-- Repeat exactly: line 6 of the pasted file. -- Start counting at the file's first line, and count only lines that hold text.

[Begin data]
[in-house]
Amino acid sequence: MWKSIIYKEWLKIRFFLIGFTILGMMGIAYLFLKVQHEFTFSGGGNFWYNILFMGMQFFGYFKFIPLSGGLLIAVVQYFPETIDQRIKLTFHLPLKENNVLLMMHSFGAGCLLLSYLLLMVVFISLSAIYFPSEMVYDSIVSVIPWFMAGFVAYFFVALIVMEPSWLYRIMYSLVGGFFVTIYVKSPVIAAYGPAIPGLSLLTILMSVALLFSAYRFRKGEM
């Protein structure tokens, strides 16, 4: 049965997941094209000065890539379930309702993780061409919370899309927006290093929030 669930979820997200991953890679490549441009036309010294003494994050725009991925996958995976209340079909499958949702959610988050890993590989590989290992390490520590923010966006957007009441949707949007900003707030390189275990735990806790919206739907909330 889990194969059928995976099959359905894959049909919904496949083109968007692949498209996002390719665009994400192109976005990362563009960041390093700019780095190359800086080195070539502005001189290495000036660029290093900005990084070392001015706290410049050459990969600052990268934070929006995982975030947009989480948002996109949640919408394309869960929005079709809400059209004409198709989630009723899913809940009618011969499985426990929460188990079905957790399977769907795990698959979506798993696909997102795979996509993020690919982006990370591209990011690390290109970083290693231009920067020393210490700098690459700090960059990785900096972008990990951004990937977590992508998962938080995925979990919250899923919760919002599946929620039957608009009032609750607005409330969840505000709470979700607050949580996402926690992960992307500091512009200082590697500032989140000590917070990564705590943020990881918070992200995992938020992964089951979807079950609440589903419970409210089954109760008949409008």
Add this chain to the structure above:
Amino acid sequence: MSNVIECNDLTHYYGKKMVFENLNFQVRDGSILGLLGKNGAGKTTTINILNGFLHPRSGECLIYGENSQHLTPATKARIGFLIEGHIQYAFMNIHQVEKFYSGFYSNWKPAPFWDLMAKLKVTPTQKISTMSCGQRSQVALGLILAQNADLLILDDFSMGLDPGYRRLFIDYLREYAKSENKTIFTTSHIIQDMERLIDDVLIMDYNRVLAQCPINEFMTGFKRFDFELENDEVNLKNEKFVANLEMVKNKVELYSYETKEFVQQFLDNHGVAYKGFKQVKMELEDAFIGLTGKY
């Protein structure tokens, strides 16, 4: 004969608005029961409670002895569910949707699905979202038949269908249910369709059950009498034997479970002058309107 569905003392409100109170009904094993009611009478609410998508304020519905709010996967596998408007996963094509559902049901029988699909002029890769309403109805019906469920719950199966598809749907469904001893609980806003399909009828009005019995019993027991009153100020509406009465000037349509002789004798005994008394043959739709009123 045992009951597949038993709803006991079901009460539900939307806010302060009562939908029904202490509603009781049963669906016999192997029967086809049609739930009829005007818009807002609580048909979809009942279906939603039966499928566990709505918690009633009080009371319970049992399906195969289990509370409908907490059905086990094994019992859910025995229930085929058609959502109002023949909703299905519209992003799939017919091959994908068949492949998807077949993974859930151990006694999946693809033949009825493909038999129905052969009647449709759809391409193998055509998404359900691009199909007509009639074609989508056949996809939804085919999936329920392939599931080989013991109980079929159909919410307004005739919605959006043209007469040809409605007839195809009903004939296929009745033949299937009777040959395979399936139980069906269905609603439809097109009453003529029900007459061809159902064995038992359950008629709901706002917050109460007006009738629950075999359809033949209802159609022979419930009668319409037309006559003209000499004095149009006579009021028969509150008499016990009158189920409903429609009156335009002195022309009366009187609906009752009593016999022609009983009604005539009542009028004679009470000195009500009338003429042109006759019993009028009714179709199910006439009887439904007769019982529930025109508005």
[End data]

């Protein structure tokens, strides 16, 4: 004969608005029961409670002895569910949707699905979202038949269908249910369709059950009498034997479970002058309107 569905003392409100109170009904094993009611009478609410998508304020519905709010996967596998408007996963094509559902049901029988699909002029890769309403109805019906469920719950199966598809749907469904001893609980806003399909009828009005019995019993027991009153100020509406009465000037349509002789004798005994008394043959739709009123 045992009951597949038993709803006991079901009460539900939307806010302060009562939908029904202490509603009781049963669906016999192997029967086809049609739930009829005007818009807002609580048909979809009942279906939603039966499928566990709505918690009633009080009371319970049992399906195969289990509370409908907490059905086990094994019992859910025995229930085929058609959502109002023949909703299905519209992003799939017919091959994908068949492949998807077949993974859930151990006694999946693809033949009825493909038999129905052969009647449709759809391409193998055509998404359900691009199909007509009639074609989508056949996809939804085919999936329920392939599931080989013991109980079929159909919410307004005739919605959006043209007469040809409605007839195809009903004939296929009745033949299937009777040959395979399936139980069906269905609603439809097109009453003529029900007459061809159902064995038992359950008629709901706002917050109460007006009738629950075999359809033949209802159609022979419930009668319409037309006559003209000499004095149009006579009021028969509150008499016990009158189920409903429609009156335009002195022309009366009187609906009752009593016999022609009983009604005539009542009028004679009470000195009500009338003429042109006759019993009028009714179709199910006439009887439904007769019982529930025109508005």